Why Retention Stats Often Give You Zero Insight Into the Customer Experience

5 stages for improving ROI

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Not long ago, I was sitting in a meeting discussing the profit-and-loss (P&L) statement for one of our new product lines. The P&L manager was running through the key performance indicators (KPIs), and we got to the churn metric, when she extolled, “Churn is holding flat, so we are looking OK on that front.” Everyone in the room nodded their heads, and then we started to move on to other parts of the agenda. At that moment, I internally debated whether to let the comment go or to interject. I just couldn’t help myself.

“Sorry to bring this back, but I think we might need to look a bit closer at our churn. If our base churn is holding steady, it means we are actually getting worse at retaining our customers.”

Everyone looked at me with befuddled faces. Are you equally confused? A lot of digital advertisers just haven’t been taught the right concepts, therefore let me explain.

Base churn is the ratio of customers you lose in any given month relative to the size of your customer base. If you have a customer base of 100 and 10 stop using your product or service, then your base churn is 10 percent. The problem is that, in truth for the vast majority of companies, your new customers churn at a much higher rate than your existing customers. This is because many of your new customers are just giving it a try.

In the early days of your product, your new customers make up a high proportion of your customer base; so your average churn looks really high. But over time, new customers make up a smaller and smaller proportion of your customer base. And as a result, your average churn should decline over time. Therefore, if your base churn is holding steady, it’s highly likely in reality you have a churn problem.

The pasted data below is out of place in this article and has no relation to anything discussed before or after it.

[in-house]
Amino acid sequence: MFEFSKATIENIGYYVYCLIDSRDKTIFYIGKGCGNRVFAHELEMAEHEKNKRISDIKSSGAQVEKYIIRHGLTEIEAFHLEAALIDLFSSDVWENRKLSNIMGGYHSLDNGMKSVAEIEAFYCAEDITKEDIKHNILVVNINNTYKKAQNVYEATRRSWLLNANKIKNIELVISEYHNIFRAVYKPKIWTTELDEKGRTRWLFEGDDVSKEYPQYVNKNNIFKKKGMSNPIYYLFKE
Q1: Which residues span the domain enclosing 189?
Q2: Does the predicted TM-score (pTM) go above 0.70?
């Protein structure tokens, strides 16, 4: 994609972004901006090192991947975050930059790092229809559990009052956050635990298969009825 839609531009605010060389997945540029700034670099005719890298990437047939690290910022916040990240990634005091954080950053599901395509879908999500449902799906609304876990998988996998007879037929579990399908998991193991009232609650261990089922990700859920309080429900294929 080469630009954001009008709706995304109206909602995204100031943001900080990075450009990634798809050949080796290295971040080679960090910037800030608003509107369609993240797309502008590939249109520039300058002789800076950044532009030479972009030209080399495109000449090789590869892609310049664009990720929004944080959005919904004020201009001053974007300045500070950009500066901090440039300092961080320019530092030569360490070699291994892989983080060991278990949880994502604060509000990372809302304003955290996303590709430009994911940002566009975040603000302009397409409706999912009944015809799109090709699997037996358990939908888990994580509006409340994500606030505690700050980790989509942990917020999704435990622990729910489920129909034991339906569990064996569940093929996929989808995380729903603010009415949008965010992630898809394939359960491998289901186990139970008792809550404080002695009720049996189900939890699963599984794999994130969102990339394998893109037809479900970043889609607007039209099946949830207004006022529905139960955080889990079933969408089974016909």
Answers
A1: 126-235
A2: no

So what’s the best way to measure churn? Here’s a five-stage outline that I’ve created:

Stage 1: Evaluating base churn

This is where most companies start. And as I mentioned above, at a basic level, it is a simple ratio of your lost customers to your base customers. See the calculation below.

You can see that the new customer churn is holding steady at 50 percent while the existing customer churn is standing flat at 1 percent. But as the existing customers become a greater proportion of our customer base, the base churn percentage declines. The other issue with this metric is that it gives you zero insight into the customer experience. It’s a dumb outcome metric.

Stage 2: Calculating cohort churn and graduation rates

To truly get to grips with churn, you need to look at KPIs that give a much better insight into how customers are really feeling about your product. So let’s look at cohort churn analysis, or simply “cohort” for short, which compares a customer base on when they became customers and shows where in the journey major attrition events occur. An obvious evolution of the above base churn calculation is to look at each acquired cohort separately.

If you look at your January cohort distinctly from your February cohort, you can now track any given customer cohorts churn over time. Reformatting the above table, you would then see something like this:

You can see now that we can compare each cohort’s churn rate month over month. We would see that for each cohort we retain 50 percent into the second month and then 10 percent into the third month. We are now comfortable that our churn rate is holding.